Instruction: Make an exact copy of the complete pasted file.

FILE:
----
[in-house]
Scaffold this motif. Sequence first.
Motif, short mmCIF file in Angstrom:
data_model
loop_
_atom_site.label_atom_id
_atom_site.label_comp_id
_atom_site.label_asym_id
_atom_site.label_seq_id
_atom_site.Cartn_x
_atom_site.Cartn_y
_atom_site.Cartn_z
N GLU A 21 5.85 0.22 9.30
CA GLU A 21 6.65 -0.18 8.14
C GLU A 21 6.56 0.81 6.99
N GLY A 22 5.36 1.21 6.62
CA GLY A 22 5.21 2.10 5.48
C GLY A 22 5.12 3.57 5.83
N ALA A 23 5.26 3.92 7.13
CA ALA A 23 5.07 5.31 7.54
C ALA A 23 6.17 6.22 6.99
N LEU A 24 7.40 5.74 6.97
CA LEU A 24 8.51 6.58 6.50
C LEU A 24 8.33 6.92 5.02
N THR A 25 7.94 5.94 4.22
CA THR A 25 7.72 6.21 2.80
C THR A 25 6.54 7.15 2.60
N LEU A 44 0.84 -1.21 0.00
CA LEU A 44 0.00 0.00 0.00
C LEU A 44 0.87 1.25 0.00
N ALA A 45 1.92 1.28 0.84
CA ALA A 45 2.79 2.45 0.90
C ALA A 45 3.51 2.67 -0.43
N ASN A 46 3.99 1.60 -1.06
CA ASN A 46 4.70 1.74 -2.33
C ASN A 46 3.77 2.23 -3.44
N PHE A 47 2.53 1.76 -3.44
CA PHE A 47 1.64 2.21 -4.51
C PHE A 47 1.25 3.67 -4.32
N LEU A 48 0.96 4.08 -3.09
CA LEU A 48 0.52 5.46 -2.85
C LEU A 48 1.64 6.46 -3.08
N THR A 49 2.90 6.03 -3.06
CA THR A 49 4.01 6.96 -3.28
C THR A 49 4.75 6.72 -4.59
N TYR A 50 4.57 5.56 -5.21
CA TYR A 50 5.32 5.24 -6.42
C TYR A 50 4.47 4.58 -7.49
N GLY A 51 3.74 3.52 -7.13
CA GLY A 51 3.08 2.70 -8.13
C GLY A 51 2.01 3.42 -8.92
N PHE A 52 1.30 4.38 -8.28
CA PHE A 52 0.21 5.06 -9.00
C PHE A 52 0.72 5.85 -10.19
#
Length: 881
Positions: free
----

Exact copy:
[in-house]
Scaffold this motif. Sequence first.
Motif, short mmCIF file in Angstrom:
data_model
loop_
_atom_site.label_atom_id
_atom_site.label_comp_id
_atom_site.label_asym_id
_atom_site.label_seq_id
_atom_site.Cartn_x
_atom_site.Cartn_y
_atom_site.Cartn_z
N GLU A 21 5.85 0.22 9.30
CA GLU A 21 6.65 -0.18 8.14
C GLU A 21 6.56 0.81 6.99
N GLY A 22 5.36 1.21 6.62
CA GLY A 22 5.21 2.10 5.48
C GLY A 22 5.12 3.57 5.83
N ALA A 23 5.26 3.92 7.13
CA ALA A 23 5.07 5.31 7.54
C ALA A 23 6.17 6.22 6.99
N LEU A 24 7.40 5.74 6.97
CA LEU A 24 8.51 6.58 6.50
C LEU A 24 8.33 6.92 5.02
N THR A 25 7.94 5.94 4.22
CA THR A 25 7.72 6.21 2.80
C THR A 25 6.54 7.15 2.60
N LEU A 44 0.84 -1.21 0.00
CA LEU A 44 0.00 0.00 0.00
C LEU A 44 0.87 1.25 0.00
N ALA A 45 1.92 1.28 0.84
CA ALA A 45 2.79 2.45 0.90
C ALA A 45 3.51 2.67 -0.43
N ASN A 46 3.99 1.60 -1.06
CA ASN A 46 4.70 1.74 -2.33
C ASN A 46 3.77 2.23 -3.44
N PHE A 47 2.53 1.76 -3.44
CA PHE A 47 1.64 2.21 -4.51
C PHE A 47 1.25 3.67 -4.32
N LEU A 48 0.96 4.08 -3.09
CA LEU A 48 0.52 5.46 -2.85
C LEU A 48 1.64 6.46 -3.08
N THR A 49 2.90 6.03 -3.06
CA THR A 49 4.01 6.96 -3.28
C THR A 49 4.75 6.72 -4.59
N TYR A 50 4.57 5.56 -5.21
CA TYR A 50 5.32 5.24 -6.42
C TYR A 50 4.47 4.58 -7.49
N GLY A 51 3.74 3.52 -7.13
CA GLY A 51 3.08 2.70 -8.13
C GLY A 51 2.01 3.42 -8.92
N PHE A 52 1.30 4.38 -8.28
CA PHE A 52 0.21 5.06 -9.00
C PHE A 52 0.72 5.85 -10.19
#
Length: 881
Positions: free